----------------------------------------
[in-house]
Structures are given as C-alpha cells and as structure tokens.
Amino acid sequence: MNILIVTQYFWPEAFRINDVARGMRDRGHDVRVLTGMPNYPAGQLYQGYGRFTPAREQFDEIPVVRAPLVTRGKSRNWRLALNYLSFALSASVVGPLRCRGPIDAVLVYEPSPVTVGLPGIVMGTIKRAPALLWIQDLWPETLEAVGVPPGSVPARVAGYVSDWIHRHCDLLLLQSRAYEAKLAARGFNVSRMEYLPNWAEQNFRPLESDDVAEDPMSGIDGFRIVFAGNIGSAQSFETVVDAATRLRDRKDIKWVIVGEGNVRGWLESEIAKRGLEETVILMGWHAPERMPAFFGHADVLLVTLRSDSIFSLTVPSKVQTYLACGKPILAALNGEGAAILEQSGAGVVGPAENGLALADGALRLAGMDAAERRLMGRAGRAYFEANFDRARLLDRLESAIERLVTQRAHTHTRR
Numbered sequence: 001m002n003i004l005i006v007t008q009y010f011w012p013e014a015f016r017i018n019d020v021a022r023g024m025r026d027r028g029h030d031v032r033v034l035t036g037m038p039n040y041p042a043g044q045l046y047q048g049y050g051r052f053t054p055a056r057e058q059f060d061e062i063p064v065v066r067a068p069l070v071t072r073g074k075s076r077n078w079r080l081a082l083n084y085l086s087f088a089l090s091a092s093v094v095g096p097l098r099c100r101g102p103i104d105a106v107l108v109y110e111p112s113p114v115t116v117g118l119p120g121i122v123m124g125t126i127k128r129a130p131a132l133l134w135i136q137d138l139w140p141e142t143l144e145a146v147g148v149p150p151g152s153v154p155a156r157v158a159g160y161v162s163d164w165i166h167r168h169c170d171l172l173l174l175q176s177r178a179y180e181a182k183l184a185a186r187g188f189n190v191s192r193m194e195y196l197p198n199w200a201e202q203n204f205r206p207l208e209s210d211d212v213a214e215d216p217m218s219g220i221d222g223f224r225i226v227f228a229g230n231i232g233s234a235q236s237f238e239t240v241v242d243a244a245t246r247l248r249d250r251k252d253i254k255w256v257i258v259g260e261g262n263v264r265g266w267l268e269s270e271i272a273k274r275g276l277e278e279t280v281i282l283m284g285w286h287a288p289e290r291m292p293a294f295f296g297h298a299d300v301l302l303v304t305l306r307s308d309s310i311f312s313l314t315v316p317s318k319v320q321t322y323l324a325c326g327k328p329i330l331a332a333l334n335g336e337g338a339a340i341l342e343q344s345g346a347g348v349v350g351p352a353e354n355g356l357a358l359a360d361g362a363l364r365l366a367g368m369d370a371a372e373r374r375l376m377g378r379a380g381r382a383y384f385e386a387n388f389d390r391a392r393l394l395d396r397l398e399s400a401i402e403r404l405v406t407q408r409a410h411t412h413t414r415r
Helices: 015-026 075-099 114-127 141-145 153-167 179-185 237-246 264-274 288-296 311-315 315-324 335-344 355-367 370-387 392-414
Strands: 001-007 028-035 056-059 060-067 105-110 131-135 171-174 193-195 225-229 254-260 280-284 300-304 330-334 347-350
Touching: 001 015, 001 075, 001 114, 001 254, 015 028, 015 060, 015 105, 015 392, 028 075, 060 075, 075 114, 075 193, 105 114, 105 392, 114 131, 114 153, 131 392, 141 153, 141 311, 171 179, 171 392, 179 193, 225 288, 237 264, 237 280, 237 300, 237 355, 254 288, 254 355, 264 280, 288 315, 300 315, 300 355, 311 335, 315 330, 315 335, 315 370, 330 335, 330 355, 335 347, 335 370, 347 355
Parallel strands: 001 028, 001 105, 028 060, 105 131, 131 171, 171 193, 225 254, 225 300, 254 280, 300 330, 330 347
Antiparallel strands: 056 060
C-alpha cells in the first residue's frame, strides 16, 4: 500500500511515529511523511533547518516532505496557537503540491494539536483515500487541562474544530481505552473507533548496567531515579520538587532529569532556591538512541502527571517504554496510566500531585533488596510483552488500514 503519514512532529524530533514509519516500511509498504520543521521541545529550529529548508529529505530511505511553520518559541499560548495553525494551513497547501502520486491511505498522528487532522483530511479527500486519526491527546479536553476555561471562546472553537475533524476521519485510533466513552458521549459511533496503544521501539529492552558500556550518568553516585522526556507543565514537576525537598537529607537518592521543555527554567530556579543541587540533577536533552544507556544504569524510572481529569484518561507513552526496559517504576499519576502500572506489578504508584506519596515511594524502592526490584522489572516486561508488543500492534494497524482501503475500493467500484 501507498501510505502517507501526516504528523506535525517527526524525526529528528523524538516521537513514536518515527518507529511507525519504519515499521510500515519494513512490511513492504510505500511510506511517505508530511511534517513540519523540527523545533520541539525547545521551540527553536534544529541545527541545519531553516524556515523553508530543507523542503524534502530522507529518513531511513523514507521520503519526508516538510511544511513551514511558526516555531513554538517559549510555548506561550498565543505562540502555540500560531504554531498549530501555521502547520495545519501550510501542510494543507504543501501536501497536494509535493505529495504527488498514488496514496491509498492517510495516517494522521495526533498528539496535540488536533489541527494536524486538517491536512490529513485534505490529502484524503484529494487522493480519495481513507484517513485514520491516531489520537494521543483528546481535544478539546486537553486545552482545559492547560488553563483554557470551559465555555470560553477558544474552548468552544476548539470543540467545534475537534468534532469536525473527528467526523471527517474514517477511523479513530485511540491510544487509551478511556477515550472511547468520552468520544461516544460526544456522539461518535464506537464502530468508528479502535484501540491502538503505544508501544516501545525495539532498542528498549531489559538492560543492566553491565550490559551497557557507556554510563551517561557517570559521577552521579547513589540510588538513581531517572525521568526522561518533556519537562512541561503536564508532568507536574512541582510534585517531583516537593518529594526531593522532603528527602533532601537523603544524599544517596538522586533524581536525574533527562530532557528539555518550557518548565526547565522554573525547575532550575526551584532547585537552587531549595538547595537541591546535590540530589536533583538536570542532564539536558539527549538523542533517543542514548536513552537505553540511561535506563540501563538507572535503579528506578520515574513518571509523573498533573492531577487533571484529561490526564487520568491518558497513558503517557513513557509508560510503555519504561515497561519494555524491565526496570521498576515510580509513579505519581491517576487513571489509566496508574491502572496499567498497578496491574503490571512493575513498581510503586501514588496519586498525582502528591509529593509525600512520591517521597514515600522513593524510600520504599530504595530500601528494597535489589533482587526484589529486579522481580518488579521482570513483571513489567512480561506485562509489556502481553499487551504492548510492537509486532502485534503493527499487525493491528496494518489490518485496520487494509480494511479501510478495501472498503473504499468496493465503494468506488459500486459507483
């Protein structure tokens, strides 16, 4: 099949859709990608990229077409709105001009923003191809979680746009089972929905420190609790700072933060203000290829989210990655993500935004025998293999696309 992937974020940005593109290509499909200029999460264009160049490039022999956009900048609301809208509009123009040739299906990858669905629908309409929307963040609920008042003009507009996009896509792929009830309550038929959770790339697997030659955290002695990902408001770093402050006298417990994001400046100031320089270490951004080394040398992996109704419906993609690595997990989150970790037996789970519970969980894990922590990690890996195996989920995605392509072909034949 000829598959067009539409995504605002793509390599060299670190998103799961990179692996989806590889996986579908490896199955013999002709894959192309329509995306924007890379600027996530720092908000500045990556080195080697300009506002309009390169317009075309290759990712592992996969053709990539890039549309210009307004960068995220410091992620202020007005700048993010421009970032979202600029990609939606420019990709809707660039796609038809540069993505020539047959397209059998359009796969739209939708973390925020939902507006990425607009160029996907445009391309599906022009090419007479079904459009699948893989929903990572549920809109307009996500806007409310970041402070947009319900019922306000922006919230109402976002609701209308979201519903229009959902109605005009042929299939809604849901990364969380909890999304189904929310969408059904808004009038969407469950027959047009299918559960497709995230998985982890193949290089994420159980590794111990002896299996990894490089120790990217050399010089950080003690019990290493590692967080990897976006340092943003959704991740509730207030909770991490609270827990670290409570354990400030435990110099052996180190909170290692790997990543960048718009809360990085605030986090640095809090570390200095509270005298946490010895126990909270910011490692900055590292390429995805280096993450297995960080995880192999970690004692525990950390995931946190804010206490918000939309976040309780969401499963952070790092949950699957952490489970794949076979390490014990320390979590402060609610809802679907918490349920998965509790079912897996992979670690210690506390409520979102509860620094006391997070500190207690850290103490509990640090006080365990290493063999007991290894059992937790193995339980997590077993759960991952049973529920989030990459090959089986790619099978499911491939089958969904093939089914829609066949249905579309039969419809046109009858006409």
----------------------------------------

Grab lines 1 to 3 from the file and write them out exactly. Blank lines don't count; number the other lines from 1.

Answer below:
[in-house]
Structures are given as C-alpha cells and as structure tokens.
Amino acid sequence: MNILIVTQYFWPEAFRINDVARGMRDRGHDVRVLTGMPNYPAGQLYQGYGRFTPAREQFDEIPVVRAPLVTRGKSRNWRLALNYLSFALSASVVGPLRCRGPIDAVLVYEPSPVTVGLPGIVMGTIKRAPALLWIQDLWPETLEAVGVPPGSVPARVAGYVSDWIHRHCDLLLLQSRAYEAKLAARGFNVSRMEYLPNWAEQNFRPLESDDVAEDPMSGIDGFRIVFAGNIGSAQSFETVVDAATRLRDRKDIKWVIVGEGNVRGWLESEIAKRGLEETVILMGWHAPERMPAFFGHADVLLVTLRSDSIFSLTVPSKVQTYLACGKPILAALNGEGAAILEQSGAGVVGPAENGLALADGALRLAGMDAAERRLMGRAGRAYFEANFDRARLLDRLESAIERLVTQRAHTHTRR